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    snaefellsnes peninsula | iceland

    Snaefellsnes Peninsula - Iceland

    The second half of our days in Iceland truly happened because of the freedom we had with our rental car.  Sitting at dinner in Reykjavik after our glacier walk and car ride from Vik, we asked our waiter his opinion on whether or not the Snaefellsnes Peninsula was worth the drive.  His reply was an undisputed absolutely.  Our original plan had been to set out the next day and take our time around the famed Golden Circle – an ever-so-popular tourist destination(s) which provides a snapshot of Iceland’s landscape to those who want an easy day trip from Reykjavik.  We still wanted to drive the Golden Circle, especially to see Gulfoss and Pingvellir National Park, but it occurred to us that a full day wasn’t necessary to make it work.  And for this reason, I urge you to rent a car if you ever visit Iceland – for the ability of a local to convince you a change of route is necessary.

    So, new destination, Snaefellsnes Peninsula, specifically Kirkjufell.  If you’re a Game of Thrones fan, Kirkjufell may ring a bell, being the mountain used during the Hound’s vision in season 7.

    But first, we had to venture back west from Vik, and gifted with a less hazy day we saw new and familiar sites along the way.  We detoured to Reynisfjara Beach a few miles down the road to admire the sprawling black sand, otherworldly rock formations and crashing waves.  If you’re looking for that jaw-dropping moment in Iceland, this would be one of them.  An absolute must!  We were there in the morning and had to keep moving, but there is a little cafe on the beach and it would be a great place to relax and take in scenery.

    Reynisfjara Beach

    Reynisfjara Beach - Iceland Reynisfjara Beach - Iceland Reynisfjara Beach - Iceland

    The one tour we decided to take in Iceland was a guided glacier walk on the Solheimajokull glacier along the south coast.  An easy stop on our way from Vik to Reykjavik, it was one of the most memorable experiences we had.  We booked with Glacier Guides and easily found them by following signs along Route 1.  After setting us up with all the gear – crampons, helmet, harness, ice pick – our hike up towards the ice began.  If you’re wondering, the hike wasn’t too strenuous and I would say almost anyone could tackle it.  There are more challenging options, but let me tell you, the sheer thrill of walking on such a remarkable natural element was enough to keep us happy.  Bucket list…*check*.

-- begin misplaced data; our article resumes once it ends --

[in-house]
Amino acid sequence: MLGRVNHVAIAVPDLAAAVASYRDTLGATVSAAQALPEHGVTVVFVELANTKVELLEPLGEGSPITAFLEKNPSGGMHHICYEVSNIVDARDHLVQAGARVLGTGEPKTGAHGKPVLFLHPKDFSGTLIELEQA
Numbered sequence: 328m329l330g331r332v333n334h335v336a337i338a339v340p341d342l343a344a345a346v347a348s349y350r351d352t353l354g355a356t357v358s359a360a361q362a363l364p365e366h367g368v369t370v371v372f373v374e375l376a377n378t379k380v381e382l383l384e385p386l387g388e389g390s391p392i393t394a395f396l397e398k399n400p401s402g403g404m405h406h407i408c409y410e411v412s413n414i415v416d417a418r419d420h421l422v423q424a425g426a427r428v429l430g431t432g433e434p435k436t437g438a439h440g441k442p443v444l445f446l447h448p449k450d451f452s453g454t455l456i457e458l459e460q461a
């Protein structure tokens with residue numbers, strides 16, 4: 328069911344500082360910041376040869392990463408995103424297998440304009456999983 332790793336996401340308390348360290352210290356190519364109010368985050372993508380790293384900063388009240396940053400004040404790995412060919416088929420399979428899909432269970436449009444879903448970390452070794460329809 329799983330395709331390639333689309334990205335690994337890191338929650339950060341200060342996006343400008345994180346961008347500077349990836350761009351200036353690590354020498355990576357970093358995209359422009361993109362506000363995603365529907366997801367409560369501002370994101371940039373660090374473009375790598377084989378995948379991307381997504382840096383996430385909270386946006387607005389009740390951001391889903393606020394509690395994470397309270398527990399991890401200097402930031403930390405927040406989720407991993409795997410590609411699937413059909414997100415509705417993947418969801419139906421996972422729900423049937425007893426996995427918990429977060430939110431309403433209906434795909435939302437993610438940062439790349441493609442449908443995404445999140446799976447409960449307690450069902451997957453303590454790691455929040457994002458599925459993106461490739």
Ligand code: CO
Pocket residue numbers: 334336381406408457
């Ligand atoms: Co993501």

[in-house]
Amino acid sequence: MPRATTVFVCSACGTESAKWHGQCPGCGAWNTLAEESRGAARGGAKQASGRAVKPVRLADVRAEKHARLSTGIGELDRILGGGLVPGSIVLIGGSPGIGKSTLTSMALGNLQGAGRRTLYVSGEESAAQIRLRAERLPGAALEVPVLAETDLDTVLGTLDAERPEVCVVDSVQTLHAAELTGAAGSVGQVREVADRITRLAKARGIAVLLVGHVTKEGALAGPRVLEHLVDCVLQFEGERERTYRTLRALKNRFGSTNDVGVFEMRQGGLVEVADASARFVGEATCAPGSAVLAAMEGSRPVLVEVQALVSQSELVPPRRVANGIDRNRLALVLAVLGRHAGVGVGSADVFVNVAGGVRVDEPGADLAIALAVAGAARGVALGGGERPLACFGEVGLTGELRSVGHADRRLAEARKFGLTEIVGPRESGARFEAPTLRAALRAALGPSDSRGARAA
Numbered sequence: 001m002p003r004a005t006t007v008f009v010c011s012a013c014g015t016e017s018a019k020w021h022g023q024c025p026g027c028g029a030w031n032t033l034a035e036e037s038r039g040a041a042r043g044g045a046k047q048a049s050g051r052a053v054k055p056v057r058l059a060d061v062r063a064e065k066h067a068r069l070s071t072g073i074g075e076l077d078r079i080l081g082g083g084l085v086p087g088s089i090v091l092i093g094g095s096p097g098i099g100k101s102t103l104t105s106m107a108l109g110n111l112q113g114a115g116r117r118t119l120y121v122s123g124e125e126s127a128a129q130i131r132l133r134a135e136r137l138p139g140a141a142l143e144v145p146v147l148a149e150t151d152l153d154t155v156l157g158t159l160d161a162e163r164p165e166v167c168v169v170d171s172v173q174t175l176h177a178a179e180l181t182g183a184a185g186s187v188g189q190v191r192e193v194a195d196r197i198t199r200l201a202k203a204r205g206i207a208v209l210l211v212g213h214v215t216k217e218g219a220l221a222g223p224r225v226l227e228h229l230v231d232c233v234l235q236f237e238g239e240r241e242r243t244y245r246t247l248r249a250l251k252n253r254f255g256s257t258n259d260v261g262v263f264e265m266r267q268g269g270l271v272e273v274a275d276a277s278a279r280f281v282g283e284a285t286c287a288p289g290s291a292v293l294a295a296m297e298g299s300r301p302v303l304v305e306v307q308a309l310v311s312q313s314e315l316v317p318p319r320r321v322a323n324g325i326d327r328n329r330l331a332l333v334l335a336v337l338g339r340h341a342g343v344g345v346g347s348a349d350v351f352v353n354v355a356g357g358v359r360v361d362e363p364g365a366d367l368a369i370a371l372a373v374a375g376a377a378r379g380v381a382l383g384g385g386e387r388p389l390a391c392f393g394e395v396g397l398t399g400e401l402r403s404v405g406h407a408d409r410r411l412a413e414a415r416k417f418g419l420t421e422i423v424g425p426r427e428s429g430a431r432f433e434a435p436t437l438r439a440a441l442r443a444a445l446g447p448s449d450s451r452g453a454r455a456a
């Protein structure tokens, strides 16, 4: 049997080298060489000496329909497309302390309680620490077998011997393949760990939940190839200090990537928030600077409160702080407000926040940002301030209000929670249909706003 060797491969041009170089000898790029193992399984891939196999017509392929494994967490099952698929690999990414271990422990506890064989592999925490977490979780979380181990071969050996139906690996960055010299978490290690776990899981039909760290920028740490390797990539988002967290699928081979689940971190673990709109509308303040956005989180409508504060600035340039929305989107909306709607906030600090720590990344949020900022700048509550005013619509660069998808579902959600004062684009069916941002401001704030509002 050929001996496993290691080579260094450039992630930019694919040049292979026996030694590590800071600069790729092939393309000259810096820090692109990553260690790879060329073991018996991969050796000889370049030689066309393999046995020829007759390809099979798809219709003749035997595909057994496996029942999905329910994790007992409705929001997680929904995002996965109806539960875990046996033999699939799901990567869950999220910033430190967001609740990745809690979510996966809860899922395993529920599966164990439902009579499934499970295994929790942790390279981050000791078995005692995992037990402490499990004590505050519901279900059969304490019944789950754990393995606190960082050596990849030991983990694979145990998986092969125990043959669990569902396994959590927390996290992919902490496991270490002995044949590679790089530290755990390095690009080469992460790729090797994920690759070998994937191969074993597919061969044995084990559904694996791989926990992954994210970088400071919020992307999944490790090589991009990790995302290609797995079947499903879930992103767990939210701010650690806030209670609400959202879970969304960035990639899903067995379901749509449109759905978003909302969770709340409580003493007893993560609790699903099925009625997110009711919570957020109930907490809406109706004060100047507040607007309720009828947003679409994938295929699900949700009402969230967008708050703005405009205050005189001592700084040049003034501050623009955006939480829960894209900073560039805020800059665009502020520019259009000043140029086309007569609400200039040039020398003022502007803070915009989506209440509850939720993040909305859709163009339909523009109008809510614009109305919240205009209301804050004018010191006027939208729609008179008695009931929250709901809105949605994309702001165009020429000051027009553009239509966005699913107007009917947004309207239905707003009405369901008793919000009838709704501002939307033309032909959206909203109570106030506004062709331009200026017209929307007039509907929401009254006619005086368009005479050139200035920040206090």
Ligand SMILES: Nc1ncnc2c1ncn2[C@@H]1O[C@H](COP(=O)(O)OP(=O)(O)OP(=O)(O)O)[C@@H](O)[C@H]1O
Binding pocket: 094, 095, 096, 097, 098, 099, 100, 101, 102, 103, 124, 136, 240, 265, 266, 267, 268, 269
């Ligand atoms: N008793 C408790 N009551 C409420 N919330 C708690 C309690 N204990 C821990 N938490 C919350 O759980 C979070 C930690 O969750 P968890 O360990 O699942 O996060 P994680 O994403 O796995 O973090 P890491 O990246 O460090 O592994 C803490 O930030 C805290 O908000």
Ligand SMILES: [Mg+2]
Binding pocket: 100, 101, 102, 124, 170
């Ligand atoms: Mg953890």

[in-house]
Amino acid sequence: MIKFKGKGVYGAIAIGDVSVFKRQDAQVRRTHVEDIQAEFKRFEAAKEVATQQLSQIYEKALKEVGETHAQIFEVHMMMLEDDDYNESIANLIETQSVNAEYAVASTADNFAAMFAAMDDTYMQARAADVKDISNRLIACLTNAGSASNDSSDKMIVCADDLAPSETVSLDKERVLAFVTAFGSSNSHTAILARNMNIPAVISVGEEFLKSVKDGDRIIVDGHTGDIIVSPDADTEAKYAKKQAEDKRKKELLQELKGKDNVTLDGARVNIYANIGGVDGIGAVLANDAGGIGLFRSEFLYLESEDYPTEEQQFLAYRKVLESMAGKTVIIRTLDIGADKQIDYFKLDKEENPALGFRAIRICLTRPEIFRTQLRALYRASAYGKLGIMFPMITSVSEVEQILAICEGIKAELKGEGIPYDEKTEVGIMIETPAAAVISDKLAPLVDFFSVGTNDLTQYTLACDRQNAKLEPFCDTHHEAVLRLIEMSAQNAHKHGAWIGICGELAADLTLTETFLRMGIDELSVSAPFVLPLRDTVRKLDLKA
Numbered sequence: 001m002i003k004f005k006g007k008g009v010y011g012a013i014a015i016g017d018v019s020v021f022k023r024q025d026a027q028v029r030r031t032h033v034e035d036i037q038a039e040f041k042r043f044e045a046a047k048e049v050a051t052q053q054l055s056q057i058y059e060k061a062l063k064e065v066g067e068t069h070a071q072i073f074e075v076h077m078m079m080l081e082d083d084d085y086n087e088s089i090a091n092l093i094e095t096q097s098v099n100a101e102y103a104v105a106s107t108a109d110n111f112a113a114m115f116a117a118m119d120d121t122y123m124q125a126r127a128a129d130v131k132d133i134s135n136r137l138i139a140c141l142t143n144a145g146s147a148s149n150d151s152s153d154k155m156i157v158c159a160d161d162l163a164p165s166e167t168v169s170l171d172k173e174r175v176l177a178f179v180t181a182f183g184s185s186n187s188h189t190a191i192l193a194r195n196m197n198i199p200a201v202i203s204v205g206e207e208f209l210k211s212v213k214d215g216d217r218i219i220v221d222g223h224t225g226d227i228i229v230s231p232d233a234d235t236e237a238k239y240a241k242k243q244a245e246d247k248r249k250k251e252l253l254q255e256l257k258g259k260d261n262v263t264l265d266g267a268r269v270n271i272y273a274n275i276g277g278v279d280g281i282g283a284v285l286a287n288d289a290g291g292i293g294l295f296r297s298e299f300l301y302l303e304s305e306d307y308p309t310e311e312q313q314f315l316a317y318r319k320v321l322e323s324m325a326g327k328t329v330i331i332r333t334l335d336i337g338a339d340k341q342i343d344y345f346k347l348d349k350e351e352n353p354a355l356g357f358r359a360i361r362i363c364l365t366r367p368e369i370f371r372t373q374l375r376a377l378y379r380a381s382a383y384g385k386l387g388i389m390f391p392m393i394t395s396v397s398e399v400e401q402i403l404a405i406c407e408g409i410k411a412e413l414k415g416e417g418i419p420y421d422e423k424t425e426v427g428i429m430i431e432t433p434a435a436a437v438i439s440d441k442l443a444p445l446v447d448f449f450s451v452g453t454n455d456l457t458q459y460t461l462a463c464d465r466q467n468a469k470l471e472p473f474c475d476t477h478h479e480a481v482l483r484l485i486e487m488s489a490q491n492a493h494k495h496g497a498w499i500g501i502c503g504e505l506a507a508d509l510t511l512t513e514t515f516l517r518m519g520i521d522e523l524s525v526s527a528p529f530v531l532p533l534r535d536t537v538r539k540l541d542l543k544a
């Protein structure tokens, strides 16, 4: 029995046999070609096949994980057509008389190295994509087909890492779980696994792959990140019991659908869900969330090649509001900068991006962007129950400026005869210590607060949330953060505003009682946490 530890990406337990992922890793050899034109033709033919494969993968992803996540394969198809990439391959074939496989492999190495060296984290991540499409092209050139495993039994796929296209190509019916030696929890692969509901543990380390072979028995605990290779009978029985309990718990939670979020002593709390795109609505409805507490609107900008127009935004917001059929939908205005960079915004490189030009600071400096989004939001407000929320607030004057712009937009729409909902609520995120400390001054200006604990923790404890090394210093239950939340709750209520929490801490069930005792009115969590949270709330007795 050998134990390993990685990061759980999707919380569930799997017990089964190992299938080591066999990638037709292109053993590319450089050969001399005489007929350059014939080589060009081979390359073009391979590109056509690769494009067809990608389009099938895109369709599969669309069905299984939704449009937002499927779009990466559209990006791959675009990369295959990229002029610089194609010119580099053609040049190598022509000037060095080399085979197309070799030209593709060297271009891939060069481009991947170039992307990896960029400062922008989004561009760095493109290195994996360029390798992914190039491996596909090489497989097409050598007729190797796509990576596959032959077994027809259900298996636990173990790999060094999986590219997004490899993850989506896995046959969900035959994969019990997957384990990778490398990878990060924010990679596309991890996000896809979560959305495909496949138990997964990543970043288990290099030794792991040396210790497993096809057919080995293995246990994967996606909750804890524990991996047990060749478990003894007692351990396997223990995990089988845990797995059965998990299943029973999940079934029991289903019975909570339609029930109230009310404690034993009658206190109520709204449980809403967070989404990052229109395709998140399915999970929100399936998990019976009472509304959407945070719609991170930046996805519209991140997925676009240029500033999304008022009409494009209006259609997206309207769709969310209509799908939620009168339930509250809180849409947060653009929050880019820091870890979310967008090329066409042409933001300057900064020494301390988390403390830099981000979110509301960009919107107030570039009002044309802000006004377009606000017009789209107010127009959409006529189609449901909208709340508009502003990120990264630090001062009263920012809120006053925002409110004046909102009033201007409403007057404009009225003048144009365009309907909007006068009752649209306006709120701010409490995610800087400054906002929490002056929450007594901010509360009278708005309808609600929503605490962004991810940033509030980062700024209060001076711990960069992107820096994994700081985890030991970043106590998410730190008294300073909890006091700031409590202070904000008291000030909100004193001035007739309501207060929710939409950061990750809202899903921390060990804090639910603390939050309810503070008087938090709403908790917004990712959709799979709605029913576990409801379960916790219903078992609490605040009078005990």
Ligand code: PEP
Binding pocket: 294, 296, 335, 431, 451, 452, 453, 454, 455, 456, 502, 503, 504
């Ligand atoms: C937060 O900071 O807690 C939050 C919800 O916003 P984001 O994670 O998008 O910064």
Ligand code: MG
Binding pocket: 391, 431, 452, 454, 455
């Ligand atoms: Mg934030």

This is the moment I’d like to use my corner of the internet to write a PSA.  For those of you who do not believe in global warming or that our climate is slowly changing due to melting icecaps, take this trip, and walk a glacier.  Below you will see a picture where the glacier’s tip sat in 2010.  More than a half mile down the path we were finally able to mount the ice.  That took only seven years.  The glacier is melting at such a rapid pace, the ice we walked on is not the same ice people the following day would step upon.  In 40 years, the glacier will no longer exist.  As for the black volcanic ash you can clearly see sprinkled on top, we learned from our knowledgeable guides that when thick enough, the ash can serve as an insulator and actually protect the glacier from melting.  It was truly remarkable to be in the presence of such a hot current world issue with guides who’s belief and passion resonated deeply.

    Solheimajokull Glacier

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    Now, back to regularly scheduled programming….

    I’m unsure how to truly explain the brilliance of Iceland’s west coast, and we didn’t even see a majority of it.  With our destination set for Kirkjufell, we set out early from Reykjavik and although more rain accompanied our journey, we were almost immediately enamored by the scenery.  Vastly different from the south coast with little fishing towns around every corner met with dramatic cliffs plunging into the North Atlantic and tall, vertical peaks shooting towards the sky from wide, grassy plains.  When people ask me my favorite part of Iceland and I’m forced to choose, the Snaefellsnes Peninsula is my answer.  The remote area lead to a more authentic experience and the sound of crashing waves with views of mountains in the background had my heart thumping out of my chest.  It was true magic.  The breathtaking Budir Church (aka the black church – pictured below) sitting alone atop a cliff and the looming, mysterious Kirkjufell simply added to the grandeur.

    Snaefellsnes Peninsula

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    As you may notice from the photos, the day we ventured around the peninsula was our rainiest day.  As windy and wet as it got, I couldn’t help but be a little smitten by the weather, feeling like Iceland was showing us it’s authentic self all while making me fall head over heels for it’s charm.  If we’re ever blessed to return to Iceland, we vowed to spend more time on the west coast.

    Feel free to leave questions about our trip in the comments below – I’ll be doing one more Iceland recap post, but cannot include absolutely everything.  I’d be happy to clue you in on any other Iceland information that you’re looking for.

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    xoxo. a

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